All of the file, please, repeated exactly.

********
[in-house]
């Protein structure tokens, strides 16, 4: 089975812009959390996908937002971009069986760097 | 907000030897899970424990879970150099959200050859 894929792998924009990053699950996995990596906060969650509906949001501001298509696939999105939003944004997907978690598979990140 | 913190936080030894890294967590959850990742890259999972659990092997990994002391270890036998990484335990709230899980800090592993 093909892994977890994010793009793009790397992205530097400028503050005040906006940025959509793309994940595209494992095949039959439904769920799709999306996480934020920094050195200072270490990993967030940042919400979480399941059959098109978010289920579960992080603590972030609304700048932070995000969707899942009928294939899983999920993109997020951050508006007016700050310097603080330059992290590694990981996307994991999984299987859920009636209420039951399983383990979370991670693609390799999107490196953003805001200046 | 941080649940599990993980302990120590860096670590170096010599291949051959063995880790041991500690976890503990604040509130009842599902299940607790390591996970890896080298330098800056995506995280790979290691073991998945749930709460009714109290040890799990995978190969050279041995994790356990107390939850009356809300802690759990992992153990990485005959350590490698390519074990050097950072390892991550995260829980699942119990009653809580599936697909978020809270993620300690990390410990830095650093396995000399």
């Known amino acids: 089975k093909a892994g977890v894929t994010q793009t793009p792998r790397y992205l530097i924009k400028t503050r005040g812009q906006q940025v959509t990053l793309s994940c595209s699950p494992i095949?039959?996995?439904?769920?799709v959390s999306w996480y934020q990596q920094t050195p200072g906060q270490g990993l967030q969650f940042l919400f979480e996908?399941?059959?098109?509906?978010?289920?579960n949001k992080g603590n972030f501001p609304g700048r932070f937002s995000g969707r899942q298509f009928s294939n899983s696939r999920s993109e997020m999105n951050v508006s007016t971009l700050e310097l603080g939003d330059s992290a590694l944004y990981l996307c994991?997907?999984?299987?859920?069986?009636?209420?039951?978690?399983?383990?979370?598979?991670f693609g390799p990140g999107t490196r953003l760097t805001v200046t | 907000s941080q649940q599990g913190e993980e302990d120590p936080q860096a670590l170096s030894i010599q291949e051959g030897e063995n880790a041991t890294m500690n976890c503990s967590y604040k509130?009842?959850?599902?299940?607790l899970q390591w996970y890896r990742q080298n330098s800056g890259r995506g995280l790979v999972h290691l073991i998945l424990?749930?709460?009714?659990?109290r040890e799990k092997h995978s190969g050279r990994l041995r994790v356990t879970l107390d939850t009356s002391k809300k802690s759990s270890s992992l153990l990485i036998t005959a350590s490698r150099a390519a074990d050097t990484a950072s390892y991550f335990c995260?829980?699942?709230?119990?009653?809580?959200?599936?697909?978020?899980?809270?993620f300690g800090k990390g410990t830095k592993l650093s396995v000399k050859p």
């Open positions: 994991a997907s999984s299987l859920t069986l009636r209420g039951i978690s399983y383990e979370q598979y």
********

[in-house]
């Protein structure tokens, strides 16, 4: 089975812009959390996908937002971009069986760097 | 907000030897899970424990879970150099959200050859 894929792998924009990053699950996995990596906060969650509906949001501001298509696939999105939003944004997907978690598979990140 | 913190936080030894890294967590959850990742890259999972659990092997990994002391270890036998990484335990709230899980800090592993 093909892994977890994010793009793009790397992205530097400028503050005040906006940025959509793309994940595209494992095949039959439904769920799709999306996480934020920094050195200072270490990993967030940042919400979480399941059959098109978010289920579960992080603590972030609304700048932070995000969707899942009928294939899983999920993109997020951050508006007016700050310097603080330059992290590694990981996307994991999984299987859920009636209420039951399983383990979370991670693609390799999107490196953003805001200046 | 941080649940599990993980302990120590860096670590170096010599291949051959063995880790041991500690976890503990604040509130009842599902299940607790390591996970890896080298330098800056995506995280790979290691073991998945749930709460009714109290040890799990995978190969050279041995994790356990107390939850009356809300802690759990992992153990990485005959350590490698390519074990050097950072390892991550995260829980699942119990009653809580599936697909978020809270993620300690990390410990830095650093396995000399």
């Known amino acids: 089975k093909a892994g977890v894929t994010q793009t793009p792998r790397y992205l530097i924009k400028t503050r005040g812009q906006q940025v959509t990053l793309s994940c595209s699950p494992i095949?039959?996995?439904?769920?799709v959390s999306w996480y934020q990596q920094t050195p200072g906060q270490g990993l967030q969650f940042l919400f979480e996908?399941?059959?098109?509906?978010?289920?579960n949001k992080g603590n972030f501001p609304g700048r932070f937002s995000g969707r899942q298509f009928s294939n899983s696939r999920s993109e997020m999105n951050v508006s007016t971009l700050e310097l603080g939003d330059s992290a590694l944004y990981l996307c994991?997907?999984?299987?859920?069986?009636?209420?039951?978690?399983?383990?979370?598979?991670f693609g390799p990140g999107t490196r953003l760097t805001v200046t | 907000s941080q649940q599990g913190e993980e302990d120590p936080q860096a670590l170096s030894i010599q291949e051959g030897e063995n880790a041991t890294m500690n976890c503990s967590y604040k509130?009842?959850?599902?299940?607790l899970q390591w996970y890896r990742q080298n330098s800056g890259r995506g995280l790979v999972h290691l073991i998945l424990?749930?709460?009714?659990?109290r040890e799990k092997h995978s190969g050279r990994l041995r994790v356990t879970l107390d939850t009356s002391k809300k802690s759990s270890s992992l153990l990485i036998t005959a350590s490698r150099a390519a074990d050097t990484a950072s390892y991550f335990c995260?829980?699942?709230?119990?009653?809580?959200?599936?697909?978020?899980?809270?993620f300690g800090k990390g410990t830095k592993l650093s396995v000399k050859p």
């Open positions: 994991a997907s999984s299987l859920t069986l009636r209420g039951i978690s399983y383990e979370q598979y």